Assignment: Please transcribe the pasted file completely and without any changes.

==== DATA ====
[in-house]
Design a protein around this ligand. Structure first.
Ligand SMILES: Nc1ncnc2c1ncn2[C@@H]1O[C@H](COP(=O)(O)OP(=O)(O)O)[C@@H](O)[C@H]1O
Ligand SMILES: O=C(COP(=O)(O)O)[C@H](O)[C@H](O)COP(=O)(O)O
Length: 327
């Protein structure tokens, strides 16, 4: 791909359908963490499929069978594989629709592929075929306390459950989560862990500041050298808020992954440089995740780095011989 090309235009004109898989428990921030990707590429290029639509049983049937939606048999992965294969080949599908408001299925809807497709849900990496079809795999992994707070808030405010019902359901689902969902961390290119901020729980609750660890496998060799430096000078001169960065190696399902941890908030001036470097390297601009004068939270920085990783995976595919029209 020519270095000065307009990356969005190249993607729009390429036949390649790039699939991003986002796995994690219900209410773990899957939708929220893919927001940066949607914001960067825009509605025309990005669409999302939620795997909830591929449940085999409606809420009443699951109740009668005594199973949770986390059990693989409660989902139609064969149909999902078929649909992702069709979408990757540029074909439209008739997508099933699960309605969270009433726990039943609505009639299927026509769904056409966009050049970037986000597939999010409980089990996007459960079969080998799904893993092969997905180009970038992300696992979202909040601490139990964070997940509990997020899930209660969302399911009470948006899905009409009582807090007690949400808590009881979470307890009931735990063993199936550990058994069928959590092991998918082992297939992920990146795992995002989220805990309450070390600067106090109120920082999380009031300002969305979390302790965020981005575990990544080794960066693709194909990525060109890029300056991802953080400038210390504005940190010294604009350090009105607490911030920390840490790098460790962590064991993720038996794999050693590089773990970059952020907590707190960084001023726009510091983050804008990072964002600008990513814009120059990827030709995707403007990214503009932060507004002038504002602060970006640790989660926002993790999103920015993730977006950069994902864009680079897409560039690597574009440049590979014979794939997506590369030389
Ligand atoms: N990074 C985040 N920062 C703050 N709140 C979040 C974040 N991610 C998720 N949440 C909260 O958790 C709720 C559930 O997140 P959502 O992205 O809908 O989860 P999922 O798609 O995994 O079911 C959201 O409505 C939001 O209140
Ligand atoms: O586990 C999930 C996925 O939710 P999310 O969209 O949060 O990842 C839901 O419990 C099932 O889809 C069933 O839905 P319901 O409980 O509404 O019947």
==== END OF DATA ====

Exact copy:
[in-house]
Design a protein around this ligand. Structure first.
Ligand SMILES: Nc1ncnc2c1ncn2[C@@H]1O[C@H](COP(=O)(O)OP(=O)(O)O)[C@@H](O)[C@H]1O
Ligand SMILES: O=C(COP(=O)(O)O)[C@H](O)[C@H](O)COP(=O)(O)O
Length: 327
């Protein structure tokens, strides 16, 4: 791909359908963490499929069978594989629709592929075929306390459950989560862990500041050298808020992954440089995740780095011989 090309235009004109898989428990921030990707590429290029639509049983049937939606048999992965294969080949599908408001299925809807497709849900990496079809795999992994707070808030405010019902359901689902969902961390290119901020729980609750660890496998060799430096000078001169960065190696399902941890908030001036470097390297601009004068939270920085990783995976595919029209 020519270095000065307009990356969005190249993607729009390429036949390649790039699939991003986002796995994690219900209410773990899957939708929220893919927001940066949607914001960067825009509605025309990005669409999302939620795997909830591929449940085999409606809420009443699951109740009668005594199973949770986390059990693989409660989902139609064969149909999902078929649909992702069709979408990757540029074909439209008739997508099933699960309605969270009433726990039943609505009639299927026509769904056409966009050049970037986000597939999010409980089990996007459960079969080998799904893993092969997905180009970038992300696992979202909040601490139990964070997940509990997020899930209660969302399911009470948006899905009409009582807090007690949400808590009881979470307890009931735990063993199936550990058994069928959590092991998918082992297939992920990146795992995002989220805990309450070390600067106090109120920082999380009031300002969305979390302790965020981005575990990544080794960066693709194909990525060109890029300056991802953080400038210390504005940190010294604009350090009105607490911030920390840490790098460790962590064991993720038996794999050693590089773990970059952020907590707190960084001023726009510091983050804008990072964002600008990513814009120059990827030709995707403007990214503009932060507004002038504002602060970006640790989660926002993790999103920015993730977006950069994902864009680079897409560039690597574009440049590979014979794939997506590369030389
Ligand atoms: N990074 C985040 N920062 C703050 N709140 C979040 C974040 N991610 C998720 N949440 C909260 O958790 C709720 C559930 O997140 P959502 O992205 O809908 O989860 P999922 O798609 O995994 O079911 C959201 O409505 C939001 O209140
Ligand atoms: O586990 C999930 C996925 O939710 P999310 O969209 O949060 O990842 C839901 O419990 C099932 O889809 C069933 O839905 P319901 O409980 O509404 O019947």